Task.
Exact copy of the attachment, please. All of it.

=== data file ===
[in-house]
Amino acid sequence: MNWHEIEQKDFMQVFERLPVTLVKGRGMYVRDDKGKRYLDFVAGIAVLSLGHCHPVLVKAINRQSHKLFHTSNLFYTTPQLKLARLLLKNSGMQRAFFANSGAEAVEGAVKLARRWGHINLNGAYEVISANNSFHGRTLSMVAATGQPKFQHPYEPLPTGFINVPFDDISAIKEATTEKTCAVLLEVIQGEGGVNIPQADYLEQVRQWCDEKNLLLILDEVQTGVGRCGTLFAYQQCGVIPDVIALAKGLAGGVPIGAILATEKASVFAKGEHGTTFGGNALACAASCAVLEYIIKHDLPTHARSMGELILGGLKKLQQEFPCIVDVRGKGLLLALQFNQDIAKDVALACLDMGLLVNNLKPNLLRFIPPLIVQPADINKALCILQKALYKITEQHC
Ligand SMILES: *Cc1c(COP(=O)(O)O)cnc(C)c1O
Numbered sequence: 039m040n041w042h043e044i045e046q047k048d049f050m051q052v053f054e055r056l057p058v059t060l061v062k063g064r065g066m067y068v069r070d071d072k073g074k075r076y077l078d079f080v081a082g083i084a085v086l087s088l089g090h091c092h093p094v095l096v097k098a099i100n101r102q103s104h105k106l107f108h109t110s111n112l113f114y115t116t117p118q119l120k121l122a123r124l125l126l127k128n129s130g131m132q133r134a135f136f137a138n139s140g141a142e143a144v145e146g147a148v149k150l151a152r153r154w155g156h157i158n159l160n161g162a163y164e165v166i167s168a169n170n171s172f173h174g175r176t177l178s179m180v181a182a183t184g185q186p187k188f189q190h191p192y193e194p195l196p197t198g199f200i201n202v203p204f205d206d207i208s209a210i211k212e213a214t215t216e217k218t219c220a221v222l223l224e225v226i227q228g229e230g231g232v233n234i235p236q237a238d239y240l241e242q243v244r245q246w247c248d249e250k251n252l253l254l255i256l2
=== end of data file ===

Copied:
[in-house]
Amino acid sequence: MNWHEIEQKDFMQVFERLPVTLVKGRGMYVRDDKGKRYLDFVAGIAVLSLGHCHPVLVKAINRQSHKLFHTSNLFYTTPQLKLARLLLKNSGMQRAFFANSGAEAVEGAVKLARRWGHINLNGAYEVISANNSFHGRTLSMVAATGQPKFQHPYEPLPTGFINVPFDDISAIKEATTEKTCAVLLEVIQGEGGVNIPQADYLEQVRQWCDEKNLLLILDEVQTGVGRCGTLFAYQQCGVIPDVIALAKGLAGGVPIGAILATEKASVFAKGEHGTTFGGNALACAASCAVLEYIIKHDLPTHARSMGELILGGLKKLQQEFPCIVDVRGKGLLLALQFNQDIAKDVALACLDMGLLVNNLKPNLLRFIPPLIVQPADINKALCILQKALYKITEQHC
Ligand SMILES: *Cc1c(COP(=O)(O)O)cnc(C)c1O
Numbered sequence: 039m040n041w042h043e044i045e046q047k048d049f050m051q052v053f054e055r056l057p058v059t060l061v062k063g064r065g066m067y068v069r070d071d072k073g074k075r076y077l078d079f080v081a082g083i084a085v086l087s088l089g090h091c092h093p094v095l096v097k098a099i100n101r102q103s104h105k106l107f108h109t110s111n112l113f114y115t116t117p118q119l120k121l122a123r124l125l126l127k128n129s130g131m132q133r134a135f136f137a138n139s140g141a142e143a144v145e146g147a148v149k150l151a152r153r154w155g156h157i158n159l160n161g162a163y164e165v166i167s168a169n170n171s172f173h174g175r176t177l178s179m180v181a182a183t184g185q186p187k188f189q190h191p192y193e194p195l196p197t198g199f200i201n202v203p204f205d206d207i208s209a210i211k212e213a214t215t216e217k218t219c220a221v222l223l224e225v226i227q228g229e230g231g232v233n234i235p236q237a238d239y240l241e242q243v244r245q246w247c248d249e250k251n252l253l254l255i256l2